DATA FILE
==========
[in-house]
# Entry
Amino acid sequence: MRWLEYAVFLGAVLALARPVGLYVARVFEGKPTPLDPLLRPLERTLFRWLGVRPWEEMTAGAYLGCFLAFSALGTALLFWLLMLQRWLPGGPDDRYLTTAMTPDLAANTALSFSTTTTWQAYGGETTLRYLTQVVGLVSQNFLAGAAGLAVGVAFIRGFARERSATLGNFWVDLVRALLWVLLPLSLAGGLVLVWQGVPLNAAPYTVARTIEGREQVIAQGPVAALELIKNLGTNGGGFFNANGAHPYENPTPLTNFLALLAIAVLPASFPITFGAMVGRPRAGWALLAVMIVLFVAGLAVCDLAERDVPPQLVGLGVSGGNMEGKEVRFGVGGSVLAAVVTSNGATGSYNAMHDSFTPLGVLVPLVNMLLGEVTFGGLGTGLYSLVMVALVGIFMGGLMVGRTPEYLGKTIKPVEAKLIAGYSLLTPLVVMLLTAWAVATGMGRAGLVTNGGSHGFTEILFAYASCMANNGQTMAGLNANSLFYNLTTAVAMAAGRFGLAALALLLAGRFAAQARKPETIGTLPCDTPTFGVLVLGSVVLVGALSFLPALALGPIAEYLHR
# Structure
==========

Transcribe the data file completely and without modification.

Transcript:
[in-house]
# Entry
Amino acid sequence: MRWLEYAVFLGAVLALARPVGLYVARVFEGKPTPLDPLLRPLERTLFRWLGVRPWEEMTAGAYLGCFLAFSALGTALLFWLLMLQRWLPGGPDDRYLTTAMTPDLAANTALSFSTTTTWQAYGGETTLRYLTQVVGLVSQNFLAGAAGLAVGVAFIRGFARERSATLGNFWVDLVRALLWVLLPLSLAGGLVLVWQGVPLNAAPYTVARTIEGREQVIAQGPVAALELIKNLGTNGGGFFNANGAHPYENPTPLTNFLALLAIAVLPASFPITFGAMVGRPRAGWALLAVMIVLFVAGLAVCDLAERDVPPQLVGLGVSGGNMEGKEVRFGVGGSVLAAVVTSNGATGSYNAMHDSFTPLGVLVPLVNMLLGEVTFGGLGTGLYSLVMVALVGIFMGGLMVGRTPEYLGKTIKPVEAKLIAGYSLLTPLVVMLLTAWAVATGMGRAGLVTNGGSHGFTEILFAYASCMANNGQTMAGLNANSLFYNLTTAVAMAAGRFGLAALALLLAGRFAAQARKPETIGTLPCDTPTFGVLVLGSVVLVGALSFLPALALGPIAEYLHR
# Structure